Preserved inside a piece of amber, a tick clinging to a dinosaur feather provides the first direct evidence that these bloodsuckers parasitized dinosaurs 99 million years ago.
Scientists have speculated that feathered dinosaurs likely hosted parasitic pests, as birds do today. And ticks found in amber closely resemble modern ticks, suggesting that they had similar parasitic habits. But there were no fossils that directly connected dinosaurs to the tiny arthropods that may have fed on them.
Now, scientists are reporting in a new study proof of one such relationship — an immature tick holding fast to a feather, frozen in time millions of years ago inside a tiny resin tomb. This striking find was described alongside other examples of ticks in this hardened tree sap, which provided additional evidence that these insects feasted on dinosaurs. [In Photos: Amber Preserves Cretaceous Lizards]
The feather-gripping tick and its fellows were detected inside four polished pieces of Burmese amber, found in the Southeast Asian country of Myanmar. Private collectors who acquired the amber noticed the pieces held particles that could be of scientific interest, and so they shared them with paleontologists, study co-author and paleobiologist Ricardo Pérez-de la Fuente, a research fellow at the Oxford University Museum of Natural History in England, told Live Science.
It wasn't until the researchers examined the amber pieces more closely that they realized a "particle" in one of them was a juvenile tick, or nymph, entangled with a dinosaur feather. Such a discovery — physically linking a parasite to its host — is exceptionally rare in the fossil record, Pérez-de la Fuente said.
The tick, identified as Cornupalpatum burmanicum, belongs to a group commonly known today as hard ticks, which have a shield-like structure on their backs that protects them from being crushed by their hosts. During the immature nymph stage, these ticks are "voracious blood feeders," which suggested to the researchers that the feather in the tick's grasp came from its meal ticket, Pérez-de la Fuente said.
And because the amber dates to the middle of the Cretaceous period, that rules out the possibility that the feather belonged to a modern bird, which appeared much later in the evolution of theropod dinosaurs, he added.
"We're always seeking direct evidence, but that's very scarce. That's why our finding is so important — this is providing the first direct evidence that ticks parasitized feathered dinosaurs," he said.
Fossils preserved in amber retain their 3D form and display remarkable soft-tissue details that are typically lost during fossilization in rock, lending them "unmatched quality," Pérez-de la Fuente told Live Science.
"We can see the tiniest details — hairs, even teeth preserved in the mouthparts of [the] tick, the structures that penetrate the tissues and allow the tick to anchor to the skin of the host," he said.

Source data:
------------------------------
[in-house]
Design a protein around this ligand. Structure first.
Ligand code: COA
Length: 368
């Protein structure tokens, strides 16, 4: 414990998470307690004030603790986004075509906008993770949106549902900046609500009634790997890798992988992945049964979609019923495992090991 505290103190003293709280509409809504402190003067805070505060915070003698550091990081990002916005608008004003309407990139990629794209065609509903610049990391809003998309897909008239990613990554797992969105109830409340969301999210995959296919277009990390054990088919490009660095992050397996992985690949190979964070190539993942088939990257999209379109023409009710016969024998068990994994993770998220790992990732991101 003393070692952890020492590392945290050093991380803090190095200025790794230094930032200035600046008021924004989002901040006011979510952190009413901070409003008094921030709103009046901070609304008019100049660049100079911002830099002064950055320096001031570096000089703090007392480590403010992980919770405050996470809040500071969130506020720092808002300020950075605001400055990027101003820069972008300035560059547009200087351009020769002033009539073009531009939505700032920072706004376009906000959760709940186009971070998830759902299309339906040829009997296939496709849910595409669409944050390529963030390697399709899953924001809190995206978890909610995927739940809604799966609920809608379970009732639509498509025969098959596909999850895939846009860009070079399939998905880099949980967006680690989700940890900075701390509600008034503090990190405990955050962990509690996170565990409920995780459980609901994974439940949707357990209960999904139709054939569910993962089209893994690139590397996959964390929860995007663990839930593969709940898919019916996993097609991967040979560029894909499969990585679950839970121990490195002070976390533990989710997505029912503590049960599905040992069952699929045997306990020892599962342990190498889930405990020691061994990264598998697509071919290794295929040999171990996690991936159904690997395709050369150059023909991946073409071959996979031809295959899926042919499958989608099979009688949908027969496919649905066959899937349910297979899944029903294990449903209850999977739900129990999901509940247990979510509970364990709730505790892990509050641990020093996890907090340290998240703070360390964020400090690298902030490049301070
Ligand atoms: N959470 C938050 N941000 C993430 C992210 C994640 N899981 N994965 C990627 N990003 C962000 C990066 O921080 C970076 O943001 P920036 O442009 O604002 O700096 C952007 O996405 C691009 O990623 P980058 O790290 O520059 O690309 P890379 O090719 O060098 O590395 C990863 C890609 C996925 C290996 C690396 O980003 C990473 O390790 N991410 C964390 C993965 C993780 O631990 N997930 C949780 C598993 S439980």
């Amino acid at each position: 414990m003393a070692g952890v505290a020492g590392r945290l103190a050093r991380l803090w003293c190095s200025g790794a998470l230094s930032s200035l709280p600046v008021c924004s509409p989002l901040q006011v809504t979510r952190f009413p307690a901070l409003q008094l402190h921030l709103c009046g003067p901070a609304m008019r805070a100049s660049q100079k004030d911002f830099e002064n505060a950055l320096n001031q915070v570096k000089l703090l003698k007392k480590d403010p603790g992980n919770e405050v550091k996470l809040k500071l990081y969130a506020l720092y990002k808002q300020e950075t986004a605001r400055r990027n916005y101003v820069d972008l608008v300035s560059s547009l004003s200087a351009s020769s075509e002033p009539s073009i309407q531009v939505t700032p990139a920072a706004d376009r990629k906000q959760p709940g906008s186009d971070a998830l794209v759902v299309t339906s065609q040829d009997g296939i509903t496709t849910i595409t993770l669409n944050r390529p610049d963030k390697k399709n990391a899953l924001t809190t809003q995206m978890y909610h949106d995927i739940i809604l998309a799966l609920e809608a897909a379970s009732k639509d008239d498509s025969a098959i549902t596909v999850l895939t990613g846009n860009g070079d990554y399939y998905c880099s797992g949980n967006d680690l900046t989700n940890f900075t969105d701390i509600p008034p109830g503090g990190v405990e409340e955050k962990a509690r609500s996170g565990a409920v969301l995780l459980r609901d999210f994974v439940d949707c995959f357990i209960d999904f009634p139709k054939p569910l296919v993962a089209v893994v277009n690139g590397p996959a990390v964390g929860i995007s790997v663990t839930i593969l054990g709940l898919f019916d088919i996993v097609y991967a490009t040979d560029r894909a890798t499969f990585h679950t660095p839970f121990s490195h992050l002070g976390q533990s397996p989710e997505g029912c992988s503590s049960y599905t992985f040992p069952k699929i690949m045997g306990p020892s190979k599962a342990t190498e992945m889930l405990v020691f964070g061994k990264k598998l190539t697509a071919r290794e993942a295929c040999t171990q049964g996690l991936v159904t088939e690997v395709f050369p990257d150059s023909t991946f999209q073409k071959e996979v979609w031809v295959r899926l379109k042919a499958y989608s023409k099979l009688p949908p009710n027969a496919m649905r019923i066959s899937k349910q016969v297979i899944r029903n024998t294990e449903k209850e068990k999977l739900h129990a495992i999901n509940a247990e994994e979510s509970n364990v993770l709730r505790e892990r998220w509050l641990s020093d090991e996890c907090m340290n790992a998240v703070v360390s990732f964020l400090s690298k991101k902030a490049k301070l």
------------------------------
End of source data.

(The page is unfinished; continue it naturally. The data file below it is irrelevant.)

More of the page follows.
Amber is also unparalleled at capturing portions of the environment in an ancient ecosystem, allowing scientists to see species interactions as they appeared in life. In this case — a tick clutching a feather — that record would doubtless have been lost had the feather been preserved as a rock impression, Pérez-de la Fuente said.
And as ticks and other types of parasites spend most of their life riding around on their hosts' bodies, they were less likely than other insects such as ants and termites to be trapped in ancient resin and entombed in amber — which makes this find even more extraordinary, Pérez-de la Fuente said.
Other amber pieces described in the study held previously unidentified ticks that the scientists dubbed Deinocroton draculi — "Dracula's terrible tick" —one of which was engorged with blood to about eight times its normal size. Though these ticks are isolated from their hosts, the researchers detected minute hairs attached to the ticks' bodies belonging to beetle larvae that are often found in birds' nests, where they feed on shed feathers. This suggests that the ticks lived alongside the beetles, perhaps in a dinosaur's nest, and that they likely also fed on feathered dinosaurs, the study authors reported.
Additionally, these findings hint at how some types of communicable diseases may have spread among feathered dinosaurs, the researchers wrote in the study. Ticks today are a common disease vector for mammals, birds and reptiles, and it is likely that millions of years ago, ticks could also have carried disease-causing bacteria between the hosts that they parasitized, the scientists concluded.
The findings were published online today (Dec. 12) in the journal Nature Communications.
Original article on Live Science.
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Mindy Weisberger is an editor at Scholastic and a former Live Science channel editor and senior writer. She has reported on general science, covering climate change, paleontology, biology, and space. Mindy studied film at Columbia University; prior to Live Science she produced, wrote and directed media for the American Museum of Natural History in New York City. Her videos about dinosaurs, astrophysics, biodiversity and evolution appear in museums and science centers worldwide, earning awards such as the CINE Golden Eagle and the Communicator Award of Excellence. Her writing has also appeared in Scientific American, The Washington Post and How It Works Magazine.